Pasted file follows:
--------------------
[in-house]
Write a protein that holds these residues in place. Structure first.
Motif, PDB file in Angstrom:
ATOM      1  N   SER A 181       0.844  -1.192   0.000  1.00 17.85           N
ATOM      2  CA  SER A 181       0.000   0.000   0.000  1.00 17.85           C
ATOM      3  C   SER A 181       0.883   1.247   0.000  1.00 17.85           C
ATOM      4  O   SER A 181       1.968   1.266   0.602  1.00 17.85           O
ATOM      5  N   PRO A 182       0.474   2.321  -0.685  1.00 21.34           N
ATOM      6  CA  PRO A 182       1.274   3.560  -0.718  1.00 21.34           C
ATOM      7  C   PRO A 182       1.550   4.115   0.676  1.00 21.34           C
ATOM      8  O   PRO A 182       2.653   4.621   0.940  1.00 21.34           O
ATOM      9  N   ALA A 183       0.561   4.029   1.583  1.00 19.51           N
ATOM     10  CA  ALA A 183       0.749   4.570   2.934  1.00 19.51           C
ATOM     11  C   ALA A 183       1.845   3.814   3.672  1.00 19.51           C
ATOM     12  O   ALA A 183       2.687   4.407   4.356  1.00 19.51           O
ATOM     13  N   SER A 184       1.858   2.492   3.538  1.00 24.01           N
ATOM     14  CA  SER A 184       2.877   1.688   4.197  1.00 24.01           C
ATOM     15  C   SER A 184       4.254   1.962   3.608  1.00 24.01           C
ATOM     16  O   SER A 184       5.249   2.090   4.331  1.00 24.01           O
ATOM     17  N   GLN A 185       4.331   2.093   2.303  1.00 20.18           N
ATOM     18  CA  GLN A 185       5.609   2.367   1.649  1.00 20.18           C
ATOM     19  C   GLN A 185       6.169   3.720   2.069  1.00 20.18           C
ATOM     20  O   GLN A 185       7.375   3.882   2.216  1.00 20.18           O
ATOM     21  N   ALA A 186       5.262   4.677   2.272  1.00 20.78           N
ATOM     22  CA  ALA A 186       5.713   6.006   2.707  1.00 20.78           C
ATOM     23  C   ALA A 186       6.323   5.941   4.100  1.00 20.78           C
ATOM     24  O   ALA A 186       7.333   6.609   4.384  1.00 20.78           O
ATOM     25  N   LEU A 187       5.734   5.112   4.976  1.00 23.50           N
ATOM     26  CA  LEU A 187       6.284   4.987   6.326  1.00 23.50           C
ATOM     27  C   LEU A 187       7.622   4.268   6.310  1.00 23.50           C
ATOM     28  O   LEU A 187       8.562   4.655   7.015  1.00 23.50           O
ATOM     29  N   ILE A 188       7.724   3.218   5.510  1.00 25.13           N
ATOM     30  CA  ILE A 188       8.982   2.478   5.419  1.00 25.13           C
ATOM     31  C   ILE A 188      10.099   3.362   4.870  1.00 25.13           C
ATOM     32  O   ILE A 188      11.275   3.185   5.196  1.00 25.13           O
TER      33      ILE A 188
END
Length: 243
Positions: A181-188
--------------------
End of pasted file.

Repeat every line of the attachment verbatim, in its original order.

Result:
[in-house]
Write a protein that holds these residues in place. Structure first.
Motif, PDB file in Angstrom:
ATOM      1  N   SER A 181       0.844  -1.192   0.000  1.00 17.85           N
ATOM      2  CA  SER A 181       0.000   0.000   0.000  1.00 17.85           C
ATOM      3  C   SER A 181       0.883   1.247   0.000  1.00 17.85           C
ATOM      4  O   SER A 181       1.968   1.266   0.602  1.00 17.85           O
ATOM      5  N   PRO A 182       0.474   2.321  -0.685  1.00 21.34           N
ATOM      6  CA  PRO A 182       1.274   3.560  -0.718  1.00 21.34           C
ATOM      7  C   PRO A 182       1.550   4.115   0.676  1.00 21.34           C
ATOM      8  O   PRO A 182       2.653   4.621   0.940  1.00 21.34           O
ATOM      9  N   ALA A 183       0.561   4.029   1.583  1.00 19.51           N
ATOM     10  CA  ALA A 183       0.749   4.570   2.934  1.00 19.51           C
ATOM     11  C   ALA A 183       1.845   3.814   3.672  1.00 19.51           C
ATOM     12  O   ALA A 183       2.687   4.407   4.356  1.00 19.51           O
ATOM     13  N   SER A 184       1.858   2.492   3.538  1.00 24.01           N
ATOM     14  CA  SER A 184       2.877   1.688   4.197  1.00 24.01           C
ATOM     15  C   SER A 184       4.254   1.962   3.608  1.00 24.01           C
ATOM     16  O   SER A 184       5.249   2.090   4.331  1.00 24.01           O
ATOM     17  N   GLN A 185       4.331   2.093   2.303  1.00 20.18           N
ATOM     18  CA  GLN A 185       5.609   2.367   1.649  1.00 20.18           C
ATOM     19  C   GLN A 185       6.169   3.720   2.069  1.00 20.18           C
ATOM     20  O   GLN A 185       7.375   3.882   2.216  1.00 20.18           O
ATOM     21  N   ALA A 186       5.262   4.677   2.272  1.00 20.78           N
ATOM     22  CA  ALA A 186       5.713   6.006   2.707  1.00 20.78           C
ATOM     23  C   ALA A 186       6.323   5.941   4.100  1.00 20.78           C
ATOM     24  O   ALA A 186       7.333   6.609   4.384  1.00 20.78           O
ATOM     25  N   LEU A 187       5.734   5.112   4.976  1.00 23.50           N
ATOM     26  CA  LEU A 187       6.284   4.987   6.326  1.00 23.50           C
ATOM     27  C   LEU A 187       7.622   4.268   6.310  1.00 23.50           C
ATOM     28  O   LEU A 187       8.562   4.655   7.015  1.00 23.50           O
ATOM     29  N   ILE A 188       7.724   3.218   5.510  1.00 25.13           N
ATOM     30  CA  ILE A 188       8.982   2.478   5.419  1.00 25.13           C
ATOM     31  C   ILE A 188      10.099   3.362   4.870  1.00 25.13           C
ATOM     32  O   ILE A 188      11.275   3.185   5.196  1.00 25.13           O
TER      33      ILE A 188
END
Length: 243
Positions: A181-188